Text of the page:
A surprising new study published in the Archives of Disease in Childhood undercuts what pediatricians and parents have long thought: that drinking low-fat milk is part of a healthy diet to keep your child’s weight in check. In fact, researchers found kids who drink skim or 1 percent are actually more likely to be overweight than those who drink 2 percent or whole.
“We were very surprised,” says study author Mark Daniel DeBoer, M.D., an associate professor of pediatric endocrinology at the University of Virginia School of Medicine in Charlottesville, VA. “Our original hypothesis was that skim and 1 percent milk would be associated with lower baseline weights and less weight gain. Instead we found that children drinking skim and 1 percent were heavier, potentially because when children are overweight their parents are more likely to give them skim milk. We next looked at weight gain over time and were surprised that children drinking 1 percent or skim were more likely to become overweight over the time frame.”
How could a drink with less saturated fat lead to a higher body mass index (BMI)? Dr. DeBoer says a more definitive, randomized study is needed to learn more. “One piece of speculation is that 2 percent or whole milk may induce satiety better, and decrease the amount of other unhealthy calories a child ingests,” he says.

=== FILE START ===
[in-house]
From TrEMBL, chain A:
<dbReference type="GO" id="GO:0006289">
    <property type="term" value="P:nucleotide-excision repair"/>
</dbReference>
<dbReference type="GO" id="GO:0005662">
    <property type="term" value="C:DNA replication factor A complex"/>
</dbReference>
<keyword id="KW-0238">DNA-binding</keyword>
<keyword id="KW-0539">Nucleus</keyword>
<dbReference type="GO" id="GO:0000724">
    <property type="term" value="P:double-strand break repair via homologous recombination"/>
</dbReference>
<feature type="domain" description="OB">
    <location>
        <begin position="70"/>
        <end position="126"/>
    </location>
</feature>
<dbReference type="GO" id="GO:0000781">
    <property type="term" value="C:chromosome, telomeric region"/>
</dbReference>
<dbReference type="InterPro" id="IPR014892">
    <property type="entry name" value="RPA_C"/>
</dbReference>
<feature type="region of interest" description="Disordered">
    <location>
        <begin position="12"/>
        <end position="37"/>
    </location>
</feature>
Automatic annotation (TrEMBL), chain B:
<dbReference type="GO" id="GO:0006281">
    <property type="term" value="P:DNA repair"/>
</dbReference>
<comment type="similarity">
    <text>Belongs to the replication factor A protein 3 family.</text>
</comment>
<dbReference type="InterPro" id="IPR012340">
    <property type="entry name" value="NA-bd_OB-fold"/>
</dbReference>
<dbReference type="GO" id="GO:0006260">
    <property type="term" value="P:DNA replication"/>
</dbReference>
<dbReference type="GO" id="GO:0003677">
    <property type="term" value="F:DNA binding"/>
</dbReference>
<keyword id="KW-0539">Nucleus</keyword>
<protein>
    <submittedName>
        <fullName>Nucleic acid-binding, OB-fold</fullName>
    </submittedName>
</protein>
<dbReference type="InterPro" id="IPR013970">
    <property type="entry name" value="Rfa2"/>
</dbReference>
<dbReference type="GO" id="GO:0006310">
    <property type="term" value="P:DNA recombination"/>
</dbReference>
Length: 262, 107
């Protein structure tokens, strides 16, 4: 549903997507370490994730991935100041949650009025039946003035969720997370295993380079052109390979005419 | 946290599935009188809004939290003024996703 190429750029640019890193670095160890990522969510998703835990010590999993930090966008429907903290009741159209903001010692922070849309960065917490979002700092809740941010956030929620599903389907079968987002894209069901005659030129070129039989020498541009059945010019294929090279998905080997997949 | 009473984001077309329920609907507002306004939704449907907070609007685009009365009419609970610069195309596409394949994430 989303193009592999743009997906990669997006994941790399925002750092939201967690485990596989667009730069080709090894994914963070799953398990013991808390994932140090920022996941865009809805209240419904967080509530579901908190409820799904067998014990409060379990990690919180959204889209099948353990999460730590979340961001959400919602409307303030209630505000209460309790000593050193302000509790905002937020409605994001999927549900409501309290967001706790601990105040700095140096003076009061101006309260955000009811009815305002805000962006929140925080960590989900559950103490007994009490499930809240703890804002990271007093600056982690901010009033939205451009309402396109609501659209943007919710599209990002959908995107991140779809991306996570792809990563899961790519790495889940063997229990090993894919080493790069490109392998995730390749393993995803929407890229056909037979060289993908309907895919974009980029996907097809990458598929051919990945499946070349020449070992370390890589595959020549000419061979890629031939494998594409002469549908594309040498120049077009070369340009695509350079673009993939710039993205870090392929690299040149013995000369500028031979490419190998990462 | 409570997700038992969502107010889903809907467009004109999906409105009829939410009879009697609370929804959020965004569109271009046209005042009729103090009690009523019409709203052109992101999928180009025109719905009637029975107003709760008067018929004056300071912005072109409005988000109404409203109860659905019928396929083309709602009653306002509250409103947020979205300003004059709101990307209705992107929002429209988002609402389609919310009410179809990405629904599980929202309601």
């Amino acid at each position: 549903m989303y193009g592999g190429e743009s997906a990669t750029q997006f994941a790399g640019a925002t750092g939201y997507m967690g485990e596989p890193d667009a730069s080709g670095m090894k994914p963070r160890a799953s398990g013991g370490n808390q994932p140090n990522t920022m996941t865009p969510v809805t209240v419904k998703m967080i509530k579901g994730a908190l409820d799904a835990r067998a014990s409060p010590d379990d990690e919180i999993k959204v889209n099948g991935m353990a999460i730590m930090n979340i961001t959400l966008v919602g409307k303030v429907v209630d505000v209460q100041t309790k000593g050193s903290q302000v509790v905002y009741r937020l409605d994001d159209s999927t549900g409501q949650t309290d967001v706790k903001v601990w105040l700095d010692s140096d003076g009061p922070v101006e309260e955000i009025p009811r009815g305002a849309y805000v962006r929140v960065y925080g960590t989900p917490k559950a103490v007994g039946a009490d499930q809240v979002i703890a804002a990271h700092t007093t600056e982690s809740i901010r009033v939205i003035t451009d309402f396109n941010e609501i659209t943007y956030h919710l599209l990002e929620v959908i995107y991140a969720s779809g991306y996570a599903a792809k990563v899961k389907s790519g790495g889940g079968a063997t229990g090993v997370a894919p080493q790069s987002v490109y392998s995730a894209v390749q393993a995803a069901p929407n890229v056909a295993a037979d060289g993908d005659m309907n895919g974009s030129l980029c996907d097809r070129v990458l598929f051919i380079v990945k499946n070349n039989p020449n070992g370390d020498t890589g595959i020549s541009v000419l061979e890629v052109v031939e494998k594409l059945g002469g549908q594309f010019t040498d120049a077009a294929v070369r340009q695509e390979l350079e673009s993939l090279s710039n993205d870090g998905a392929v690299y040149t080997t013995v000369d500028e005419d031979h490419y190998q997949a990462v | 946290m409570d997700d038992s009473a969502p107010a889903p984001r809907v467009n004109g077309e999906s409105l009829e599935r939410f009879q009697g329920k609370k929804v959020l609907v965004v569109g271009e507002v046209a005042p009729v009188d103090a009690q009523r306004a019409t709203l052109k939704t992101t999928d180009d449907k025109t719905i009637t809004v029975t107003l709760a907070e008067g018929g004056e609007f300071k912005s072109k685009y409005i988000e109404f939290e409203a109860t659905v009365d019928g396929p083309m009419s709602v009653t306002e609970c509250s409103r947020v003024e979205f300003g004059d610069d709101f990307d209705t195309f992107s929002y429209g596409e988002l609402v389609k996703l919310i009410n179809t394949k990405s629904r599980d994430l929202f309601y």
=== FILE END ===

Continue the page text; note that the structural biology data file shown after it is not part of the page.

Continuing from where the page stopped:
Confused parents shouldn’t necessarily make a switch back to whole milk. Instead, focus on avoiding sugary beverages and juice, watching less TV and getting more exercise, which have much more impact than your choice of milk.
More latest news on milk:
How Many Cups is Enough?
Most kids over age 1 need two 8-ounce cups of milk per day—no more, no less—to maintain healthy levels of vitamin D and iron, report researchers at the University of Toronto. Drinking more than two cups daily was associated with a reduction in iron stores, which could lead to iron deficiency.
Certain Kids May Need More
Namely, those who are overweight, Latino, and African American. Some 29 percent of overweight children are deficient in vitamin D, compared to 21 percent of normal-weight kids, according to a recent study in Pediatrics. That number climbs to 34 percent of obese and 49 percent of severely obese kids. Higher rates of D deficiency were also found in Latino and African American children.
Milk Does an (Older) Body Good
In the first study to examine the relationship between drinking milk as a kid and physical performance in old age, researchers from Bristol University found that childhood milk intake was associated with faster walking pace and significantly better balance as a senior citizen. The credit goes to milk’s stores of calcium and protein.
What kind of milk do your kids drink? Leave a comment.